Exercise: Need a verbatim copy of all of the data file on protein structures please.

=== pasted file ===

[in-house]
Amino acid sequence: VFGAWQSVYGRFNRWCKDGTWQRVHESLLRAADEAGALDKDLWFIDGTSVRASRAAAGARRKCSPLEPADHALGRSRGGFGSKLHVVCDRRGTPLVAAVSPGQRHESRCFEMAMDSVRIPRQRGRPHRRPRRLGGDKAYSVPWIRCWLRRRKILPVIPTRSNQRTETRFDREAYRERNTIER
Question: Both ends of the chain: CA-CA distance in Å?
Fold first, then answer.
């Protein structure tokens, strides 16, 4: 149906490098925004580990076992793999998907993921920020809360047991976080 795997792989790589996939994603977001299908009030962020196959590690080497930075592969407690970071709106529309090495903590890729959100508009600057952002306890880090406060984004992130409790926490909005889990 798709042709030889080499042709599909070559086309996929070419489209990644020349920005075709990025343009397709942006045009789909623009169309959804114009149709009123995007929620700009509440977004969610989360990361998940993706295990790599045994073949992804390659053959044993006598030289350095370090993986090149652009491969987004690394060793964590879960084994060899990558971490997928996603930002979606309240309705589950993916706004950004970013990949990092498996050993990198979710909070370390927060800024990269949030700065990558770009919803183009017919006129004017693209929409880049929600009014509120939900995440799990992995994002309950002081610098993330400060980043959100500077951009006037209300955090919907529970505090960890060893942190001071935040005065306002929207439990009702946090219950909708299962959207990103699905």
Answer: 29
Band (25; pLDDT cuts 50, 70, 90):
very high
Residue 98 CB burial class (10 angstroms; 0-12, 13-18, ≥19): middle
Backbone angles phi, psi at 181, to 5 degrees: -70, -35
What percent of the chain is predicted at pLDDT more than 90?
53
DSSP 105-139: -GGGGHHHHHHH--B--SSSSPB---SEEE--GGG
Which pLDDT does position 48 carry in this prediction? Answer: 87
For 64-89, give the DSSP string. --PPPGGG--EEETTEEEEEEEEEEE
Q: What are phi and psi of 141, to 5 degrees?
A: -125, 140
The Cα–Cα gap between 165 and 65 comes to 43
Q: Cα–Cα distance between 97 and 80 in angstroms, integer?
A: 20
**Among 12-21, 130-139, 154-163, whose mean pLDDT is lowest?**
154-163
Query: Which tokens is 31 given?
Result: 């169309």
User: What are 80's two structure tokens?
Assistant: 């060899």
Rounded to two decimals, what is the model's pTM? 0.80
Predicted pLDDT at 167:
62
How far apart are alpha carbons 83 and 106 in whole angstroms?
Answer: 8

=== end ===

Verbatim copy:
[in-house]
Amino acid sequence: VFGAWQSVYGRFNRWCKDGTWQRVHESLLRAADEAGALDKDLWFIDGTSVRASRAAAGARRKCSPLEPADHALGRSRGGFGSKLHVVCDRRGTPLVAAVSPGQRHESRCFEMAMDSVRIPRQRGRPHRRPRRLGGDKAYSVPWIRCWLRRRKILPVIPTRSNQRTETRFDREAYRERNTIER
Question: Both ends of the chain: CA-CA distance in Å?
Fold first, then answer.
């Protein structure tokens, strides 16, 4: 149906490098925004580990076992793999998907993921920020809360047991976080 795997792989790589996939994603977001299908009030962020196959590690080497930075592969407690970071709106529309090495903590890729959100508009600057952002306890880090406060984004992130409790926490909005889990 798709042709030889080499042709599909070559086309996929070419489209990644020349920005075709990025343009397709942006045009789909623009169309959804114009149709009123995007929620700009509440977004969610989360990361998940993706295990790599045994073949992804390659053959044993006598030289350095370090993986090149652009491969987004690394060793964590879960084994060899990558971490997928996603930002979606309240309705589950993916706004950004970013990949990092498996050993990198979710909070370390927060800024990269949030700065990558770009919803183009017919006129004017693209929409880049929600009014509120939900995440799990992995994002309950002081610098993330400060980043959100500077951009006037209300955090919907529970505090960890060893942190001071935040005065306002929207439990009702946090219950909708299962959207990103699905």
Answer: 29
Band (25; pLDDT cuts 50, 70, 90):
very high
Residue 98 CB burial class (10 angstroms; 0-12, 13-18, ≥19): middle
Backbone angles phi, psi at 181, to 5 degrees: -70, -35
What percent of the chain is predicted at pLDDT more than 90?
53
DSSP 105-139: -GGGGHHHHHHH--B--SSSSPB---SEEE--GGG
Which pLDDT does position 48 carry in this prediction? Answer: 87
For 64-89, give the DSSP string. --PPPGGG--EEETTEEEEEEEEEEE
Q: What are phi and psi of 141, to 5 degrees?
A: -125, 140
The Cα–Cα gap between 165 and 65 comes to 43
Q: Cα–Cα distance between 97 and 80 in angstroms, integer?
A: 20
**Among 12-21, 130-139, 154-163, whose mean pLDDT is lowest?**
154-163
Query: Which tokens is 31 given?
Result: 């169309």
User: What are 80's two structure tokens?
Assistant: 């060899």
Rounded to two decimals, what is the model's pTM? 0.80
Predicted pLDDT at 167:
62
How far apart are alpha carbons 83 and 106 in whole angstroms?
Answer: 8